U.S. Army soldiers at the southern border. Photo: John Moore via Getty Images

President Trump's plans to send as many as 15,000 troops to the southern border could cost more than $200 million by year-end, according to analyst and Pentagon estimates reported by the Washington Post.

The big picture: The added expenditure, which is just a fraction of the $716 billion the U.S. spends on defense each year, comes at a time when the government is operating under a 17% spike in the federal deficit — the largest increase in six years. Per the Post, Trump has ordered the Pentagon to cut $33 billion from its 2020 budget.

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Updated 25 mins ago - Politics & Policy

Coronavirus dashboard

Illustration: Sarah Grillo/Axios

  1. Global: Total confirmed cases as of 4 p.m. ET: 12,813,864 — Total deaths: 566,790 — Total recoveries — 7,046,535Map.
  2. U.S.: Total confirmed cases as of 4 p.m. ET: 3,286,025 — Total deaths: 135,089 — Total recoveries: 995,576 — Total tested: 39,553,395Map.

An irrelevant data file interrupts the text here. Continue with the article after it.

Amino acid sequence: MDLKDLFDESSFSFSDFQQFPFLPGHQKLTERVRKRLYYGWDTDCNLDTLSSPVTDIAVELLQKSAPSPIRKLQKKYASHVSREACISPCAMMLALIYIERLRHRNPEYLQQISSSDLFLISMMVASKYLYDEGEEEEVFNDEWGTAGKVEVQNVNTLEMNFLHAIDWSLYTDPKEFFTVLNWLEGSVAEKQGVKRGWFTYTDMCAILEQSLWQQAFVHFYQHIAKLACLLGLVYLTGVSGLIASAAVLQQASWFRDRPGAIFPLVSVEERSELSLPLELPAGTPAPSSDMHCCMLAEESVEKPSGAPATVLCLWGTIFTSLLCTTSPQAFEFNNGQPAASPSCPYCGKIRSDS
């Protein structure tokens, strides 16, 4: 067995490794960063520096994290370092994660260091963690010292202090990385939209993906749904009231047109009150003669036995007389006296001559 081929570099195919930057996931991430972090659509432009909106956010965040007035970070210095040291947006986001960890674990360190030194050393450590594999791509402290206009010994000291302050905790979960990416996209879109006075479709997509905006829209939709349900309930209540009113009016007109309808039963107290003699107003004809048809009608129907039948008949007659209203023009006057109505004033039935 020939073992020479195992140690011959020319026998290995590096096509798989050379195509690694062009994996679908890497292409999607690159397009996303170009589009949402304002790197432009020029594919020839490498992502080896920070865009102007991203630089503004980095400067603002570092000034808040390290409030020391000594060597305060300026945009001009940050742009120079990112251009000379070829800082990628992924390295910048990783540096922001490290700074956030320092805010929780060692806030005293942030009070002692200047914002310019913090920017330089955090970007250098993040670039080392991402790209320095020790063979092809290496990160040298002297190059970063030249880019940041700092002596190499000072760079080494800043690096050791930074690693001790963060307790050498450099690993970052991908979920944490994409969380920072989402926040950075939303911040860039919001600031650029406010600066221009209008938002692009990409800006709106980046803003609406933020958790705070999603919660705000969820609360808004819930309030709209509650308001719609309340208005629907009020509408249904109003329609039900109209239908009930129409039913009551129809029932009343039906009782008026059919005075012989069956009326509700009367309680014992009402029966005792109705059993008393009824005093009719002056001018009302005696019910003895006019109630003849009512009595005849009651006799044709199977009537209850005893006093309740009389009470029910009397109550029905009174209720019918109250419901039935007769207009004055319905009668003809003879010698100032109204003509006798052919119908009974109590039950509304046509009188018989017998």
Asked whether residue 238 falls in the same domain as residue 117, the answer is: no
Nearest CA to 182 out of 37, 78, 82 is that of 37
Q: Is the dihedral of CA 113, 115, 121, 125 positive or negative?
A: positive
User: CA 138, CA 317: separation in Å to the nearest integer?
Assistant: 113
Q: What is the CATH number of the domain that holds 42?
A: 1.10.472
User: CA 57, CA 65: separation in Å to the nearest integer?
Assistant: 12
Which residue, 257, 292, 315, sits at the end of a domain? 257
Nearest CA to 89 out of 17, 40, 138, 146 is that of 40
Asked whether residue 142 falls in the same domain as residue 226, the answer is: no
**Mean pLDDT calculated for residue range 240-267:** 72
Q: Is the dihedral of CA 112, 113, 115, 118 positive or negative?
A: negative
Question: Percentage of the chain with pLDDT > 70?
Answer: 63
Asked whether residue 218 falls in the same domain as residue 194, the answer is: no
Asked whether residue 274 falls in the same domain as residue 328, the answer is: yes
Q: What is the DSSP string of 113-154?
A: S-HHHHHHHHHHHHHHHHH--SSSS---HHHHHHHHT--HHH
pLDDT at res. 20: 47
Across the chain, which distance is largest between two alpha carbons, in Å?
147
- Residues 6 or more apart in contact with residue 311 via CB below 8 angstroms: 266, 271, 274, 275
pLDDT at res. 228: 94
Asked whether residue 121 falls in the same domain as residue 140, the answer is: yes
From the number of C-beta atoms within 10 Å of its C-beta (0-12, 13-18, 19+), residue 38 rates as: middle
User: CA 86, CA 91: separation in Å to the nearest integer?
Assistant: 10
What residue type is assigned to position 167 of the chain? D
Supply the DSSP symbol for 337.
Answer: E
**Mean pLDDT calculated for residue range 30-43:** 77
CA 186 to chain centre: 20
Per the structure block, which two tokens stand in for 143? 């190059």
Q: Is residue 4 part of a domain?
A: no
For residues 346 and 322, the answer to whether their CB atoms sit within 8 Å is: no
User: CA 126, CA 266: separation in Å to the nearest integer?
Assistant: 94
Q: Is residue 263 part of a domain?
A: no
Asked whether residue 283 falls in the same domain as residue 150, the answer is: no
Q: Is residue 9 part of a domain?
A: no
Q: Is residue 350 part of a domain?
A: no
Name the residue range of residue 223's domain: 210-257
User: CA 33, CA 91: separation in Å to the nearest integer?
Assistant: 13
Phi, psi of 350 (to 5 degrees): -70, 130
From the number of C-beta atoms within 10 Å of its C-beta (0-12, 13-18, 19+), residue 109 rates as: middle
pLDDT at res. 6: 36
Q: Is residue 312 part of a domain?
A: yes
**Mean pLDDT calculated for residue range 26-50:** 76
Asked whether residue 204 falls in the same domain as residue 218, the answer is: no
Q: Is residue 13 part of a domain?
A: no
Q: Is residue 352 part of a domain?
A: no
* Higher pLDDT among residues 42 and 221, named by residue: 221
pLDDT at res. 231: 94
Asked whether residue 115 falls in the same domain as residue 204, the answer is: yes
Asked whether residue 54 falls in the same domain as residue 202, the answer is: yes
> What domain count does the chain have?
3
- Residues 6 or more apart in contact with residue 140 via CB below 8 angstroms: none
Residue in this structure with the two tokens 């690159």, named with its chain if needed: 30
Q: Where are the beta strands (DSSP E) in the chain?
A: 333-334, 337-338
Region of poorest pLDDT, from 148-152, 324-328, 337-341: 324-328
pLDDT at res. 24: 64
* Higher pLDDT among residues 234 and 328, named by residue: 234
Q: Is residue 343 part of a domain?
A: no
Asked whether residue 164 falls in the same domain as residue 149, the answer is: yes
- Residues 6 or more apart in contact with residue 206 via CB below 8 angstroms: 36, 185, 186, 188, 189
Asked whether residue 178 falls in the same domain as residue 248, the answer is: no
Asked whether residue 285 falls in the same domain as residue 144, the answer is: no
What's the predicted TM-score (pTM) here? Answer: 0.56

3. States: Florida smashes single-day record for new coronavirus cases with over 15,000 — Miami-Dade mayor says "it won't be long" until county's hospitals reach capacity.
  4. Public health: Ex-FDA chief projects "apex" of South's coronavirus curve in 2-3 weeks — Coronavirus testing czar: Lockdowns in hotspots "should be on the table"
  5. Education: Betsy DeVos says schools that don't reopen shouldn't get federal funds — Pelosi accuses Trump of "messing with the health of our children."

11 GOP congressional nominees support QAnon conspiracy

Lauren Boebert posing in her restaurant in Rifle, Colorado, on April 24. Photo: Emily Kask/AFP

At least 11 Republican congressional nominees have publicly supported or defended the QAnon conspiracy theory movement or some of its tenets — and more aligned with the movement may still find a way onto ballots this year.

Why it matters: Their progress shows how a fringe online forum built on unsubstantiated claims and flagged as a threat by the FBI is seeking a foothold in the U.S. political mainstream.

Lindsey Graham says he will ask Mueller to testify before Senate

Photo: Tasos Katopodis/Getty Images

Senate Judiciary Chairman Lindsey Graham (R-S.C.) tweeted Sunday that he will grant Democrats' request to call former special counsel Robert Mueller to testify before his committee.

The big picture: The announcement comes on the heels of Mueller publishing an op-ed in the Washington Post that defended the Russia investigation and conviction of Roger Stone, whose sentence was commuted by President Trump on Friday.